Even if you think that your company is completely safe and you can never be hacked, you’re probably wrong – thousands of businesses experience security breaches every day and it’s most likely only a matter of time until your company becomes one of them, unless you put a lot of effort into cybersecurity, of course. But if your company has already been hacked, here’s what you should do step-by-step:
Keep all evidence of the hack and act quickly
Even though you might be tempted to clean up the mess and erase evidence of the security breach, you shouldn’t do it, as it will help your response team to deal with the attack and even serve as evidence in court. Instead, have an incident response team ready to go in case of a hack – once you suspect there has been a security breach, it’s important for them to react as soon as possible, as even a few minutes can save you thousands of dollars. For instance, if an employee has fallen victim to phishing, you can inform the rest of your company to prevent additional breaches.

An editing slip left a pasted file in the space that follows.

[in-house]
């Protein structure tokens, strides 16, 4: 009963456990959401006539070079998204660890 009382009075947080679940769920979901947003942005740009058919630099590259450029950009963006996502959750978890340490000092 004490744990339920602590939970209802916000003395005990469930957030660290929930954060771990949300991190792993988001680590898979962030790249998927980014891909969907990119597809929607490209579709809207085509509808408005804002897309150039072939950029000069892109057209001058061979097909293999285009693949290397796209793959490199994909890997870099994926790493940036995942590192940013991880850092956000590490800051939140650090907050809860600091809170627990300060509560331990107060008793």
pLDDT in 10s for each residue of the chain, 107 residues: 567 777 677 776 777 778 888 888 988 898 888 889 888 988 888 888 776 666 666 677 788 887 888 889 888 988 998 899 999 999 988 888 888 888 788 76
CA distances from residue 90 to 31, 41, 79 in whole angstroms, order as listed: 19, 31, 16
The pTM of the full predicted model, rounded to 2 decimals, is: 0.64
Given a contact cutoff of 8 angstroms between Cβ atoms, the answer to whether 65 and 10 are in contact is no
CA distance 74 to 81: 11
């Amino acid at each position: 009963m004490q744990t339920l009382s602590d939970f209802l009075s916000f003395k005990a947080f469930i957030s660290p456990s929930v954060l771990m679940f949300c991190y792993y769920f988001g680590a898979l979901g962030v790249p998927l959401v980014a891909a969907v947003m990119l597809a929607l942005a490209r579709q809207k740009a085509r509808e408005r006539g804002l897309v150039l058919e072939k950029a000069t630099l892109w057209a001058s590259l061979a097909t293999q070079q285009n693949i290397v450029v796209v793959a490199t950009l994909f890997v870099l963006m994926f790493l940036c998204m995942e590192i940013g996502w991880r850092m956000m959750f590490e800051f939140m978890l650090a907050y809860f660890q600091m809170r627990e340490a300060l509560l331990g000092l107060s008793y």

Contain the security breach if your company is hacked
Once you identify and verify the breach, you may be inclined to shut down your entire network until the issue has been dealt with, however, this can cause you major financial and reputational damage if your operations are shut down entirely. Instead, have your incident response team identify affected devices or applications and quarantine them to prevent malware from spreading. It’s also important to check for any backdoors that hackers may have created in your system to have access to it even after the breach has been identified.
Take time to recover after your business has been hacked
While you may want to quickly remedy the aftermath of the security breach and spring back into action, it is important to take time to thoroughly clean your systems and computers. One of the first steps you should take is cleaning all affected devices and installing the most recent backup before your computers have been hacked or infected with malware. You should also change all passwords that hackers may have gained access to, as well as all the passwords that are used company-wide.
Disclose the hack
Even though quietly cleaning up the result of a security breach can seem like a good idea at first, depending on your field, you may be required to disclose the security breach to law enforcement and to various regulatory agencies. It’s also a good idea to consider disclosing the breach to your clients, suppliers and other stakeholders, as it’s always better to come clean and control the narrative than to have your breach exposed in an unpleasant manner by someone else.